Your comment opens up a much larger topic to explore. In the top 20, the only schools that are outside of large urban areas are Dartmouth (Hanover) and Cornell (Ithaca). While new urban planning/renewal has (thankfully) taken hold in many areas, I’d be hesitant to consider it as anything beyond a very minor factor in the values for any of the parameters used by US News (perhaps the biggest contribution being through access to nearby internship and networking opportunities, which I don’t think is something that has changed substantially). I don’t think the tech campus will matter much in USN&WR’s ranking since it’s intended for graduate/professional work, whereas the rankings are for undergrad. This is offhand and it might be a bit crude to suggest, but if we really wanted to “play to our strengths”, we’d shrink many programs to reduce our acceptance rates and limit “borderline” degree candidates that might not be able to cut it at Cornell. I don’t support that, but it could game the rankings formula.

11 09 2013
Cornell PhD student

Well, selectivity is clearly key. Definitely the biggest gains could probably be achieved by shrinking programs. Unfortunately, it’s not a very realistic suggestion, considering the admin is both committed to the idea of remaining a sprawling institution for historical and ideological reasons and has serious financial incentives to continue expanding the student body.

Barring that, Cornell could look into its pull factors. Columbia didn’t just get where it did today by manipulating its selectivity numbers (although that obviously had something to do with it) – it’s legitimately had a major bump in applications that coincided with the improvement of New York. I know many applicants don’t even consider Cornell because of its rural isolation – I definitely had no intention of coming here for college and I only applied for my PhD on the suggestion of an advisor who recommended some of the faculty. I would have never considered it over a school close to a major airport or rail line, even if that school were lower ranked. And it’s not just student preferences for these things that matter – if the school struggles to attract top faculty, that has an effect on student recruitment and selectivity as well.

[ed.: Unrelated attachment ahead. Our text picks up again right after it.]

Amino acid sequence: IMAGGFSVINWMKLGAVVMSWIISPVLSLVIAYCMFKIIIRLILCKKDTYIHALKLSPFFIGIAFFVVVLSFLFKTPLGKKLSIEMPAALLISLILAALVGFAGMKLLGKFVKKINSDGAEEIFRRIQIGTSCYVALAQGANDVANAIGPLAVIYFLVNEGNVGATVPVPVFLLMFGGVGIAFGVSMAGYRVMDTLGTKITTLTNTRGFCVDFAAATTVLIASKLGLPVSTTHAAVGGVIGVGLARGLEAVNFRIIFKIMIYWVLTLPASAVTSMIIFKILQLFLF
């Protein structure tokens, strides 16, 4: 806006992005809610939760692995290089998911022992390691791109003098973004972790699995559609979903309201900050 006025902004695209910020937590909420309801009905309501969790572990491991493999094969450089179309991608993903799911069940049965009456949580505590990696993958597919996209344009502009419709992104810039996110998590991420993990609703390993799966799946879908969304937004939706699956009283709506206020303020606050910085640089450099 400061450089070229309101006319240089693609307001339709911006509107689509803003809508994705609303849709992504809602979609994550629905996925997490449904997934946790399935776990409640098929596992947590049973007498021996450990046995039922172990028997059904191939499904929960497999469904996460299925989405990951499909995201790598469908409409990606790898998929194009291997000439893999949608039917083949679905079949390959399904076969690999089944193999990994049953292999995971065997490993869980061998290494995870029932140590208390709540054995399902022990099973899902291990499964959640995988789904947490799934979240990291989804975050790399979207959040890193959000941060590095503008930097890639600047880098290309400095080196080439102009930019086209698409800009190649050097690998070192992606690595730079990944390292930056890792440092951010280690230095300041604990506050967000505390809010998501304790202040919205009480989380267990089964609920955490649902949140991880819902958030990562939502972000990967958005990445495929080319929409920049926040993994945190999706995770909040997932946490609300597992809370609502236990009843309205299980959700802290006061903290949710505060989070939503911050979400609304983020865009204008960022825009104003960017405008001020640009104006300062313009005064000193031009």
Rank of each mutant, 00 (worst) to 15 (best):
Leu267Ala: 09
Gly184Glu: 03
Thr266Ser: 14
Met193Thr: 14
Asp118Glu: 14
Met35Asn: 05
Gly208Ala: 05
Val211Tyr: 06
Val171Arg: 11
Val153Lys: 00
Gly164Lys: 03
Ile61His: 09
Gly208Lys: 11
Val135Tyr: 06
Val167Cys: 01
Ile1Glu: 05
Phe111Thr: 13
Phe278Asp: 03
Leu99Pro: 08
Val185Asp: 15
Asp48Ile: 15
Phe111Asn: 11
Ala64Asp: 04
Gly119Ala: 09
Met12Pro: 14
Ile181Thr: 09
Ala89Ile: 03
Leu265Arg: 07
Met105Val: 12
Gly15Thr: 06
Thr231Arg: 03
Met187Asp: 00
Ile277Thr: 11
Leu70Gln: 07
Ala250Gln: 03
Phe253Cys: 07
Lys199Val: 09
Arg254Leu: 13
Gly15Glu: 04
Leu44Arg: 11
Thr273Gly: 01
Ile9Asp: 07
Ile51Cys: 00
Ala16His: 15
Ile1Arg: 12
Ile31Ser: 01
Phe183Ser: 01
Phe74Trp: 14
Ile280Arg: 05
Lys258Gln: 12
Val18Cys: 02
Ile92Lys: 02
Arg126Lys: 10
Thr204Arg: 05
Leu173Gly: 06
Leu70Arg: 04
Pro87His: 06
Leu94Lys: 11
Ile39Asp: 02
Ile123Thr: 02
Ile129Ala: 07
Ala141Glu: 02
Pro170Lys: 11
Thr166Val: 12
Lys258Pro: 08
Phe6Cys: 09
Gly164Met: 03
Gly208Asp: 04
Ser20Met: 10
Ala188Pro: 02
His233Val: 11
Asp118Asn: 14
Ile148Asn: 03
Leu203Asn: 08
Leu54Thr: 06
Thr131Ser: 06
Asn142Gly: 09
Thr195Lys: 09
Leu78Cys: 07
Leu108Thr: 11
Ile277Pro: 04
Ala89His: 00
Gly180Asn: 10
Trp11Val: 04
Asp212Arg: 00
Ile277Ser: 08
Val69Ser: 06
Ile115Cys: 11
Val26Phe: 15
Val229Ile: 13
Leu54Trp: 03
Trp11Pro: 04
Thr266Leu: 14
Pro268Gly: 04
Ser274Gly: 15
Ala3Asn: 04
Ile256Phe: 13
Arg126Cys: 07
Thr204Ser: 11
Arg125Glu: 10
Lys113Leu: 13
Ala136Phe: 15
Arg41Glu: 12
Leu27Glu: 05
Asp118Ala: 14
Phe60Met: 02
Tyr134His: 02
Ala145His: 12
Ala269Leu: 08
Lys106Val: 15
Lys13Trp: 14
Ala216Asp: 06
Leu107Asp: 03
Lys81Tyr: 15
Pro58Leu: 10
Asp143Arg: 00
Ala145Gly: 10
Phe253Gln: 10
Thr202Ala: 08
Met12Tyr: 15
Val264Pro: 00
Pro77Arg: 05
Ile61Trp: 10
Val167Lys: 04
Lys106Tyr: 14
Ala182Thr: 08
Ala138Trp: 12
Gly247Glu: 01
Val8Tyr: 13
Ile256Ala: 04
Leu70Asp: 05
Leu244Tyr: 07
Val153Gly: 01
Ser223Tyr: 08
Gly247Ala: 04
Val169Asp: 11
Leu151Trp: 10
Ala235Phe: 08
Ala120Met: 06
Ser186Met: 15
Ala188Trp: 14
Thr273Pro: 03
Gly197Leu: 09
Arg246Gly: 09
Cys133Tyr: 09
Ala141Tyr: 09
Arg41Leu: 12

11 09 2013
Cornell PhD student

Well, selectivity is clearly key. Definitely the biggest gains could probably be achieved by shrinking programs. Unfortunately, it’s not a very realistic suggestion, considering the admin is both committed to the idea of remaining a sprawling institution for historical and ideological reasons and has serious financial incentives to continue expanding the student body.

Barring that, Cornell could look into its pull factors. Columbia didn’t just get where it did today by manipulating its selectivity numbers (although that obviously had something to do with it) – it’s legitimately had a major bump in applications that coincided with the improvement of New York. I know many applicants don’t even consider Cornell because of its rural isolation – I definitely had no intention of coming here for college and I only applied for my PhD on the suggestion of an advisor who recommended some of the faculty. I would have never considered it over a school close to a major airport or rail line, even if that school were lower ranked. And it’s not just student preferences for these things that matter – if the school struggles to attract top faculty, that has an effect on student recruitment and selectivity as well.